Welcome

Welcome to the home page of my website, where you can find out about my published, and soon to be published, books…. and about other projects and collaborations - working across different art forms with theatre directors, actors, visual artists, musicians, sound and lighting designers…..

THE EWE

She came to us on a wild night, a steel wind
shaking the house to its bones. Snow
buckled trees, filled the ditches’ throats.

We heard the door bang, found her
in the kitchen, chewing a dishcloth.
A beauty, my man said. Not local,

a black-faced Sussex yearling. She’d eyes
the colour of a drinker’s piss, pupils
black slits. She stared at us straight.

Icicles in her coat, poor love, shivering,
and a reek of linseed about her.
She was no trouble to us;

did her business outside, like a dog,
followed me from room to room, toes
clattering like nails on glass. Watched

my breast in the baby’s mouth, let him
tug her ears. She was like our own,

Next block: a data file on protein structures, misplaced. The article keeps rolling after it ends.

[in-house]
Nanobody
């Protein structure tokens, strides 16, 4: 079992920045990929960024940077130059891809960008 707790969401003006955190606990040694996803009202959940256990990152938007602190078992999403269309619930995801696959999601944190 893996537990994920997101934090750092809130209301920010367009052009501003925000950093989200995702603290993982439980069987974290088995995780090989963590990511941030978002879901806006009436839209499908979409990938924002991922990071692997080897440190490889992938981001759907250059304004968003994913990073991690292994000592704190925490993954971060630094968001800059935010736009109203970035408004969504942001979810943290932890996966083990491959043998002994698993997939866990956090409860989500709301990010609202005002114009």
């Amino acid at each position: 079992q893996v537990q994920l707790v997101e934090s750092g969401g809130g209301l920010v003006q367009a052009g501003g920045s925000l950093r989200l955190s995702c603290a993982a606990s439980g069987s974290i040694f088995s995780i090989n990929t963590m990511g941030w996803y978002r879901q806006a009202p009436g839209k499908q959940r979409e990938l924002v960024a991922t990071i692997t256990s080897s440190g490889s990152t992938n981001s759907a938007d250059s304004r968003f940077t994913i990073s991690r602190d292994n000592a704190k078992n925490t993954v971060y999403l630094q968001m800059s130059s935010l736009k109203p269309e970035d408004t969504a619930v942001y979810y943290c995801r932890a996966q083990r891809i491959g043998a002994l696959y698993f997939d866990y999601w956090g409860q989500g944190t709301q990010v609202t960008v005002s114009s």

our creature; she smelled of herself,

her own wool, but also something of us -
our hair after rain. My milk; his sweat.
All winter she stayed close, barely bleating.

One evening as she lay by the fire, her belly
rising and sinking, her black lips smiling,
we joked she was dreaming of her own kind -

the press of bodies in the lee of a bush.
I held my cheek to her steady heart.
My man smoothed his hand over her flank.

And that night, I rode him, because he whispered
he wanted it that way; our eyes locked as he
lay under me, a tender, lovely beast.

We heard her panting before we saw her,
felt her soft, damp touch, lipping my arse,
snailing his thigh, and something in both of us

slipped its knot, broke free. He bit his tongue
so hard he bloodied his lips. Stay there,
he told me, you stay there. I watched him

drag her through the freezing night,
lift the latch on the out-house - closed
my eyes, imagining her gripped between

his knees. The neat slit in her throat,
the line of dark blood. Her dear, frantic legs.
It’s done, he said, enough meat to last us.

Though she fills us, the chewing of her flesh
feels wrong, a sin. She’s in my dreams
most nights. And my man reeks of her, still.


(From Lip, Smith/Doorstop, 2007)

Her scary, unsettling voice seems unexpected in poetry. It cuts her free of the crowd.’ Rachel Campbell-Johnson, The Times.


A fierce talent.’ Ian McMillan